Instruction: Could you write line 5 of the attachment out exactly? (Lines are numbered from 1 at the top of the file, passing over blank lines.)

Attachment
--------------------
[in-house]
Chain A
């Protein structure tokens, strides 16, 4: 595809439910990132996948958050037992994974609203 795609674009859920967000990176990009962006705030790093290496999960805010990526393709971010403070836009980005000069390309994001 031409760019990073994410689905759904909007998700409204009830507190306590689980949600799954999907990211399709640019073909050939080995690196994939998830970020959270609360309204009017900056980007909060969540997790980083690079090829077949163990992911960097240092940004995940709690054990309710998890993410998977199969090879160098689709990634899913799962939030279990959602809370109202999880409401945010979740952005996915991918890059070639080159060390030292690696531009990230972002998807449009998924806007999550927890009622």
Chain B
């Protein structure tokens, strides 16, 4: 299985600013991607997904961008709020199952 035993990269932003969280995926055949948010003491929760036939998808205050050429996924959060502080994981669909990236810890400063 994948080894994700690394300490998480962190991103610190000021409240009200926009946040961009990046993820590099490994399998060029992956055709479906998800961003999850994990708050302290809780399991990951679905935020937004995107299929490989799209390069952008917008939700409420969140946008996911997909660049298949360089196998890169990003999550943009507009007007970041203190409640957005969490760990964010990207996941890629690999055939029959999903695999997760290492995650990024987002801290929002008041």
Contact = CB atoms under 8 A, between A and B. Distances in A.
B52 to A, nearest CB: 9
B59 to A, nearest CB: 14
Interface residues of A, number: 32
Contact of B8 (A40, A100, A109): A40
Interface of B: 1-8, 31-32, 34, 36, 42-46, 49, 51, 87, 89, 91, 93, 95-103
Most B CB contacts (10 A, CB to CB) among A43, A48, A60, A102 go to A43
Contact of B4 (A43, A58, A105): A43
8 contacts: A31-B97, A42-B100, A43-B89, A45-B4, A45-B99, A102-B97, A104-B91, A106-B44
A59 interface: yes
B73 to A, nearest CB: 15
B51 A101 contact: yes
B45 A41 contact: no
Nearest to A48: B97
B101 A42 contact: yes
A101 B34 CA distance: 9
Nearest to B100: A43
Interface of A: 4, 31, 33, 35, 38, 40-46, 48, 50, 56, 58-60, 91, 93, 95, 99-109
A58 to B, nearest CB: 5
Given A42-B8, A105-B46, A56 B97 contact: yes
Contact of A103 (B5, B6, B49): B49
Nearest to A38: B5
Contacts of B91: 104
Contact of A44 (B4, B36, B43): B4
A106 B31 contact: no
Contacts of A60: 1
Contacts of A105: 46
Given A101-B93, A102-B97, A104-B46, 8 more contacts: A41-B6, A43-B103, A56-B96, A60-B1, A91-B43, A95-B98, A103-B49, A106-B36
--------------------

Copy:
């Protein structure tokens, strides 16, 4: 299985600013991607997904961008709020199952 035993990269932003969280995926055949948010003491929760036939998808205050050429996924959060502080994981669909990236810890400063 994948080894994700690394300490998480962190991103610190000021409240009200926009946040961009990046993820590099490994399998060029992956055709479906998800961003999850994990708050302290809780399991990951679905935020937004995107299929490989799209390069952008917008939700409420969140946008996911997909660049298949360089196998890169990003999550943009507009007007970041203190409640957005969490760990964010990207996941890629690999055939029959999903695999997760290492995650990024987002801290929002008041």